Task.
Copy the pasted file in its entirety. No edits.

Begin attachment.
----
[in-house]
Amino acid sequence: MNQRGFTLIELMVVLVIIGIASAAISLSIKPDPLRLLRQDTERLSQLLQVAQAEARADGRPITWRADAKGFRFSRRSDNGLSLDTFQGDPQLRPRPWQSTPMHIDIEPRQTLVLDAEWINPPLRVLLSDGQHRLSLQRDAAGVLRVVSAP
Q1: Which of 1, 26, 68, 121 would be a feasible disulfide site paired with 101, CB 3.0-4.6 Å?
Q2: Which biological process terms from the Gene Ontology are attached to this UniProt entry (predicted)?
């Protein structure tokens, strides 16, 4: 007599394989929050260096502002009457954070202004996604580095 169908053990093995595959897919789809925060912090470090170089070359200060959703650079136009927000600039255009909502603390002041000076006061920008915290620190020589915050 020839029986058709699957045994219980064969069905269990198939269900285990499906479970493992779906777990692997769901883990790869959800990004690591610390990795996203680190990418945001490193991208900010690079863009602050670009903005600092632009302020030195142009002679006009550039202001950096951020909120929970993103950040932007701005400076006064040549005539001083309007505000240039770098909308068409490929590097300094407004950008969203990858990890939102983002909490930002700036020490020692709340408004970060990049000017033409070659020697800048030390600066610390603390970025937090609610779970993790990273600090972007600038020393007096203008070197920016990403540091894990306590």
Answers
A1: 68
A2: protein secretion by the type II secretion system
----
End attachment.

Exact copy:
[in-house]
Amino acid sequence: MNQRGFTLIELMVVLVIIGIASAAISLSIKPDPLRLLRQDTERLSQLLQVAQAEARADGRPITWRADAKGFRFSRRSDNGLSLDTFQGDPQLRPRPWQSTPMHIDIEPRQTLVLDAEWINPPLRVLLSDGQHRLSLQRDAAGVLRVVSAP
Q1: Which of 1, 26, 68, 121 would be a feasible disulfide site paired with 101, CB 3.0-4.6 Å?
Q2: Which biological process terms from the Gene Ontology are attached to this UniProt entry (predicted)?
């Protein structure tokens, strides 16, 4: 007599394989929050260096502002009457954070202004996604580095 169908053990093995595959897919789809925060912090470090170089070359200060959703650079136009927000600039255009909502603390002041000076006061920008915290620190020589915050 020839029986058709699957045994219980064969069905269990198939269900285990499906479970493992779906777990692997769901883990790869959800990004690591610390990795996203680190990418945001490193991208900010690079863009602050670009903005600092632009302020030195142009002679006009550039202001950096951020909120929970993103950040932007701005400076006064040549005539001083309007505000240039770098909308068409490929590097300094407004950008969203990858990890939102983002909490930002700036020490020692709340408004970060990049000017033409070659020697800048030390600066610390603390970025937090609610779970993790990273600090972007600038020393007096203008070197920016990403540091894990306590």
Answers
A1: 68
A2: protein secretion by the type II secretion system